The last great period of Japanese expansion began with the movement into Manchuria in 1931. The military losses were slight, the presumed achievements substantial. Once they had conquered North China and achieved the goal of an Asian Co-Prosperity Sphere, the Japanese saw their population problem in a quite different light-now it was one of insufficient numbers. Japan's net human losses as a result of the Pacific War were limited by the fact that intensive efforts had been made to increase birth rates and reduce death rates.
Losses were nevertheless severe, for Japanese forces were often isolated in the islands of the Pacific and on the Asian mainland with little food and no medical supplies; and many civilians also died, particularly in the incendiary raids on cities. Total defeat and total surrender meant the liquidation of the colonial empire and the imperial structure. Some seven million Japanese were returned to a country where cities had been devastated, industrial plants destroyed and transportation disrupted.
The Japanese people and economy were so seriously injured that demographers forecast high death rates and a declining population. In fact, however, a rapid restoration took place, for the Japanese are an educated and disciplined people and the military occupation was both humanitarian and constructive. So while pessimism reigned and the ghost of Malthus hovered near, families were reunited, new families were formed and a baby boom developed. And death rates dropped rapidly.
In 1947, the birth rate was 34.3 for each 1,000 of population, the death rate 14.6. In 1948 and 1949, birth rates were about 33, death rates below 12. The rate of growth rose above 2 percent a year for the first time in Japan's history. In numerical terms, births remained about 2.7 million a year while deaths declined from more than 1.1 million to less than 950,000. The natural increase was 1.5 million in 1947, 1.8 million in 1948 and 1949. Both the Occupation authorities and the Japanese Government foresaw a soaring population. General MacArthur barred Mrs. Sanger and suppressed an American report on the natural resources of the country; the Japanese newspapers joined in the excitement; and birth control became a topic of conversation throughout Japan.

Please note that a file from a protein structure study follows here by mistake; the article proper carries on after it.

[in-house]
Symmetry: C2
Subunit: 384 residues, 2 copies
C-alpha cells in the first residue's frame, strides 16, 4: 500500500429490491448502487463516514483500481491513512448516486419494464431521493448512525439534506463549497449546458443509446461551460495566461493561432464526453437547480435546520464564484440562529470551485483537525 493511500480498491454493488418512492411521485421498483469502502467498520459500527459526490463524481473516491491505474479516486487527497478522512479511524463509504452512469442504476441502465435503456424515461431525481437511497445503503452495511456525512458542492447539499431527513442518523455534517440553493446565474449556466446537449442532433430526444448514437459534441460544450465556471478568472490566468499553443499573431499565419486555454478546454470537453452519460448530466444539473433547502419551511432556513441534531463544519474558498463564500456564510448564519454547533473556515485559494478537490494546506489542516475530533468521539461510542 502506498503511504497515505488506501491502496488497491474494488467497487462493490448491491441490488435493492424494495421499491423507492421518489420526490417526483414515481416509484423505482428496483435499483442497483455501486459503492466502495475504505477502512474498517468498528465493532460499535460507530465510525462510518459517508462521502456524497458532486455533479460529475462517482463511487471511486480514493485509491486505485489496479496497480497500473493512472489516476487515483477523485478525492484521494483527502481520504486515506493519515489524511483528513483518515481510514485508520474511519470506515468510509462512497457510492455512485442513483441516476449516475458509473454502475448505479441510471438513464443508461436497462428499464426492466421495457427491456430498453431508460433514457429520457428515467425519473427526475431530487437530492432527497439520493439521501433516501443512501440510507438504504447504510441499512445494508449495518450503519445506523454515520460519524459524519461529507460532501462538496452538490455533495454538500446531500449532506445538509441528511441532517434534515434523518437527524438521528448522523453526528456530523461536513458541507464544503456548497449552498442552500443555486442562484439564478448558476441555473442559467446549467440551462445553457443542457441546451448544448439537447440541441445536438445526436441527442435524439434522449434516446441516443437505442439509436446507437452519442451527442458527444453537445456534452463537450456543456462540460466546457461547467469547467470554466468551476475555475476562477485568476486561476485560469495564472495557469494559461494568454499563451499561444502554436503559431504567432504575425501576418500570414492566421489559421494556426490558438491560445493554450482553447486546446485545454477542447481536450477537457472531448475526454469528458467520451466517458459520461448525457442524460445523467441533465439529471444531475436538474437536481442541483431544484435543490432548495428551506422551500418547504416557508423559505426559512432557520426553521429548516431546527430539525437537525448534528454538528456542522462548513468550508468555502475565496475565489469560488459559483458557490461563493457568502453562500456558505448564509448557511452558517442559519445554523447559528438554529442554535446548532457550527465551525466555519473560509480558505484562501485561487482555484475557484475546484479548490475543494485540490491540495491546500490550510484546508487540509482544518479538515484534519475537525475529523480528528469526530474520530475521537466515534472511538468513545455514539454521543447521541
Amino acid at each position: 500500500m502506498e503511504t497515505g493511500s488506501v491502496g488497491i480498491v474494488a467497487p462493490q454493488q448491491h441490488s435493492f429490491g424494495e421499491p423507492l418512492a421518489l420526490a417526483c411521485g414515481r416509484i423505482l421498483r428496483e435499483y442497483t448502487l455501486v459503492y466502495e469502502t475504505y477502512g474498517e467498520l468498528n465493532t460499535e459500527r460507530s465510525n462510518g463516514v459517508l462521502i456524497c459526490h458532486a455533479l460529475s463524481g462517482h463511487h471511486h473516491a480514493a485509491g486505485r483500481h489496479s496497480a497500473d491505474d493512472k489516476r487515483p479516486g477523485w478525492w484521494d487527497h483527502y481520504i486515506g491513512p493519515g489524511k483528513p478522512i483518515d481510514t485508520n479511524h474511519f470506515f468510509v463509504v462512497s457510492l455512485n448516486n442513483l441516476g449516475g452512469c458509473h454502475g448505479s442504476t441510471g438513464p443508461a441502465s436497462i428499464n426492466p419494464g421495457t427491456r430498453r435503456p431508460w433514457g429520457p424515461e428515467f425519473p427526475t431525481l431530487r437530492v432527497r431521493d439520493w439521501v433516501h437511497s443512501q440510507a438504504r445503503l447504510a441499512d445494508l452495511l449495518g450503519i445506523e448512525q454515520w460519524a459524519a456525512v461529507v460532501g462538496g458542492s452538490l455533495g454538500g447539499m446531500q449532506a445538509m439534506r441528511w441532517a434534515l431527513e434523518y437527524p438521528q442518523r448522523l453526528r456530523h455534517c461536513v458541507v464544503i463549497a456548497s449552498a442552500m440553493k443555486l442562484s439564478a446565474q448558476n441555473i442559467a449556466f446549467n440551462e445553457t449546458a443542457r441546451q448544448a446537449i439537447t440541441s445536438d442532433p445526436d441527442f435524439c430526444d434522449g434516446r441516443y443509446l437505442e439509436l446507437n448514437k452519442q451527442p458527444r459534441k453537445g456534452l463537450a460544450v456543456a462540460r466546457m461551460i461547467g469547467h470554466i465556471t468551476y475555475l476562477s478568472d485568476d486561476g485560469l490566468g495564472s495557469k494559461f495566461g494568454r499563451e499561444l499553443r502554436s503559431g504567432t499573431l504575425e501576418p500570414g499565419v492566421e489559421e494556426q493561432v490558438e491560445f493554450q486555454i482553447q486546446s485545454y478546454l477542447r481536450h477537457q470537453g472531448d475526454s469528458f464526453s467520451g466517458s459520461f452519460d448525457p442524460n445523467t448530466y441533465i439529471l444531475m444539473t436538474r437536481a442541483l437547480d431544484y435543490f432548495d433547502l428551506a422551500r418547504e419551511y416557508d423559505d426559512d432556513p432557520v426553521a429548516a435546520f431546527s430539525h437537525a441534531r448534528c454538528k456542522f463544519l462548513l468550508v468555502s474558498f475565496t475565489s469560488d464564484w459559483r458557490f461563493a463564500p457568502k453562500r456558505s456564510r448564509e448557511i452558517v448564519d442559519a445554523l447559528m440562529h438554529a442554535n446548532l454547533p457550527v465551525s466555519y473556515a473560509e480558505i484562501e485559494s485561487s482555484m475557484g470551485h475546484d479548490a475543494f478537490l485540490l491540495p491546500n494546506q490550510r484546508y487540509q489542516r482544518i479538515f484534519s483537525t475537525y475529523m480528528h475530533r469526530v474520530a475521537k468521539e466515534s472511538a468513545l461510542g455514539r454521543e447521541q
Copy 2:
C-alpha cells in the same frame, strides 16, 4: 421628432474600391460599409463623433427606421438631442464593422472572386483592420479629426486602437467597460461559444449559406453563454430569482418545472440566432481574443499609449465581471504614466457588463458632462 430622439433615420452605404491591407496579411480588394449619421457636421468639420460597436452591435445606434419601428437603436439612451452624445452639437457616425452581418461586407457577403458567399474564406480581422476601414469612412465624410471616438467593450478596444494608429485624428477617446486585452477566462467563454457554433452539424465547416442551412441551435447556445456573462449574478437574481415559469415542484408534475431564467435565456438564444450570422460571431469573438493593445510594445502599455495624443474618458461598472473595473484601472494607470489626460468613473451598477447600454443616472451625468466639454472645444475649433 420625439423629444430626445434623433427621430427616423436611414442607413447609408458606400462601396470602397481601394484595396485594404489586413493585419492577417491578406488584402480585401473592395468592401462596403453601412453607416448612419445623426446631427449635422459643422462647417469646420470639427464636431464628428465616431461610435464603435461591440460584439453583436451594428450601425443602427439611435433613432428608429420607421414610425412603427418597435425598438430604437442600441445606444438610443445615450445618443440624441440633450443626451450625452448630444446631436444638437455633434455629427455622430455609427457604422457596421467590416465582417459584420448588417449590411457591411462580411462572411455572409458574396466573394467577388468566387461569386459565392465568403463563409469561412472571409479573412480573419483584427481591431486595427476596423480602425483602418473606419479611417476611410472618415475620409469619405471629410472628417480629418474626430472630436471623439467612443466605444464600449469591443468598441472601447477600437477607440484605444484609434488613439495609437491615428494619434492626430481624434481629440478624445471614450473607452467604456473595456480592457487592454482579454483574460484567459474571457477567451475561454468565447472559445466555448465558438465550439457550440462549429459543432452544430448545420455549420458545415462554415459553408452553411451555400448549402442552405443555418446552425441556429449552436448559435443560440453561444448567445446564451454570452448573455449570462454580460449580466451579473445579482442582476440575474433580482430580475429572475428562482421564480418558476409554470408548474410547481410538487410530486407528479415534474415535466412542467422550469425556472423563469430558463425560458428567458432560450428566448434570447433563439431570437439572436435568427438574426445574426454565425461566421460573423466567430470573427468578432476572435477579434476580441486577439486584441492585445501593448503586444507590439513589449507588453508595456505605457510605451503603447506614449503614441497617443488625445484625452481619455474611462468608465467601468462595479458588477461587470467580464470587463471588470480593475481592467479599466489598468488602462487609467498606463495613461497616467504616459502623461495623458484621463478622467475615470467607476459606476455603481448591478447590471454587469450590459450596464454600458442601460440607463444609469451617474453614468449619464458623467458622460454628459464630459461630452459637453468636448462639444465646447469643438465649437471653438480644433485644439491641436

The most influential factors affecting population growth were not demographic. Revolutionary changes came in ways which were in some cases expected, in others rather weird. The Emperor became a man, like other men. Women became the equals of men-in the Constitution-and the family system lost legal sanction. There was land reform. Many owned land, but few owned enough to live from its products. Primogeniture was abolished, and with the vanishing security of the eldest son went that of the family in perpetuity. A Commission of the Diet recommended both contraception and emigration as government policies to help solve the population problem, but the Diet, which is democratically elected, ignored the report.
In this chaotic situation, the racially conscious Japanese worried that the unfit were multiplying and that the country's biological stock was deteriorating. Prohibitions adopted during the war barred sterilization as well as induced abortion. But in September 1949, the Diet revised the Eugenics Protection Law so as to legalize sterilization and abortion for specific reasons, and it permitted contraceptive services in health centers. Proponents of contraception within and outside Japan were jubilant. They looked forward to a limited use of sterilization and abortion for eugenic reasons along with an extensive use of contraception for family planning.